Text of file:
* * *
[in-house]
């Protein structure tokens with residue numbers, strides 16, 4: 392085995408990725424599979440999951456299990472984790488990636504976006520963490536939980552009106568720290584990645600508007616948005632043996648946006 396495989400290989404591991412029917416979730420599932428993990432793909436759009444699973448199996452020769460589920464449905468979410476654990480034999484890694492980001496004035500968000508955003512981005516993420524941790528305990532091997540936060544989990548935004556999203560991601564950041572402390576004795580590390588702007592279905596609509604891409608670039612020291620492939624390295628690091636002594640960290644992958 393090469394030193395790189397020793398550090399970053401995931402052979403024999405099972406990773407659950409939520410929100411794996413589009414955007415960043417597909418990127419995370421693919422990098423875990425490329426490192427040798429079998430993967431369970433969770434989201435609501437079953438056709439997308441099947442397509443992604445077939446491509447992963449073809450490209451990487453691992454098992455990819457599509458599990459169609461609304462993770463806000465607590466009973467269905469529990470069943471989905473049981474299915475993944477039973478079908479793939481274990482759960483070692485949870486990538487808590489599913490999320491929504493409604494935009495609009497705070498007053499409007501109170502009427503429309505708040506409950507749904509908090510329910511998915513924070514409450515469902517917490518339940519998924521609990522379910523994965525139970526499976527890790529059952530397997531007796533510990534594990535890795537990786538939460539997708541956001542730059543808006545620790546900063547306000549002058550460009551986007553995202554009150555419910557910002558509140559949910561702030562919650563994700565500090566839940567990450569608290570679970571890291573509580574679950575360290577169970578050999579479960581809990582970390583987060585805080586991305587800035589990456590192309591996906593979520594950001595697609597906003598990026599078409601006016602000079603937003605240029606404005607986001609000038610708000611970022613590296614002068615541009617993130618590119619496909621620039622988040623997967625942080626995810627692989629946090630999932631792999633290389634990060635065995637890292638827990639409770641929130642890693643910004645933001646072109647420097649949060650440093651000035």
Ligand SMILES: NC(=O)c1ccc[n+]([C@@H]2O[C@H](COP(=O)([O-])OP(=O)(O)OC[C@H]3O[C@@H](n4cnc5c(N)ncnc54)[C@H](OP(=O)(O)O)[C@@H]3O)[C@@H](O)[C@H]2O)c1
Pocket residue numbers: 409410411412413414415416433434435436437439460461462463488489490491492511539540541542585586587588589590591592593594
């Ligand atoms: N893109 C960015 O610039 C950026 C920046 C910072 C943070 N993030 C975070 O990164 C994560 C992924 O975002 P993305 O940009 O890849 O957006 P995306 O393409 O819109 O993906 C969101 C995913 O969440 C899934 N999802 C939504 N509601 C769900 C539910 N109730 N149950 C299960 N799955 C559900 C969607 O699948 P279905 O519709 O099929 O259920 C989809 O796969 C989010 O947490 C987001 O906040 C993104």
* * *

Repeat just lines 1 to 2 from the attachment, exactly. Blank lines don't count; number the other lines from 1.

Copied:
[in-house]
């Protein structure tokens with residue numbers, strides 16, 4: 392085995408990725424599979440999951456299990472984790488990636504976006520963490536939980552009106568720290584990645600508007616948005632043996648946006 396495989400290989404591991412029917416979730420599932428993990432793909436759009444699973448199996452020769460589920464449905468979410476654990480034999484890694492980001496004035500968000508955003512981005516993420524941790528305990532091997540936060544989990548935004556999203560991601564950041572402390576004795580590390588702007592279905596609509604891409608670039612020291620492939624390295628690091636002594640960290644992958 393090469394030193395790189397020793398550090399970053401995931402052979403024999405099972406990773407659950409939520410929100411794996413589009414955007415960043417597909418990127419995370421693919422990098423875990425490329426490192427040798429079998430993967431369970433969770434989201435609501437079953438056709439997308441099947442397509443992604445077939446491509447992963449073809450490209451990487453691992454098992455990819457599509458599990459169609461609304462993770463806000465607590466009973467269905469529990470069943471989905473049981474299915475993944477039973478079908479793939481274990482759960483070692485949870486990538487808590489599913490999320491929504493409604494935009495609009497705070498007053499409007501109170502009427503429309505708040506409950507749904509908090510329910511998915513924070514409450515469902517917490518339940519998924521609990522379910523994965525139970526499976527890790529059952530397997531007796533510990534594990535890795537990786538939460539997708541956001542730059543808006545620790546900063547306000549002058550460009551986007553995202554009150555419910557910002558509140559949910561702030562919650563994700565500090566839940567990450569608290570679970571890291573509580574679950575360290577169970578050999579479960581809990582970390583987060585805080586991305587800035589990456590192309591996906593979520594950001595697609597906003598990026599078409601006016602000079603937003605240029606404005607986001609000038610708000611970022613590296614002068615541009617993130618590119619496909621620039622988040623997967625942080626995810627692989629946090630999932631792999633290389634990060635065995637890292638827990639409770641929130642890693643910004645933001646072109647420097649949060650440093651000035």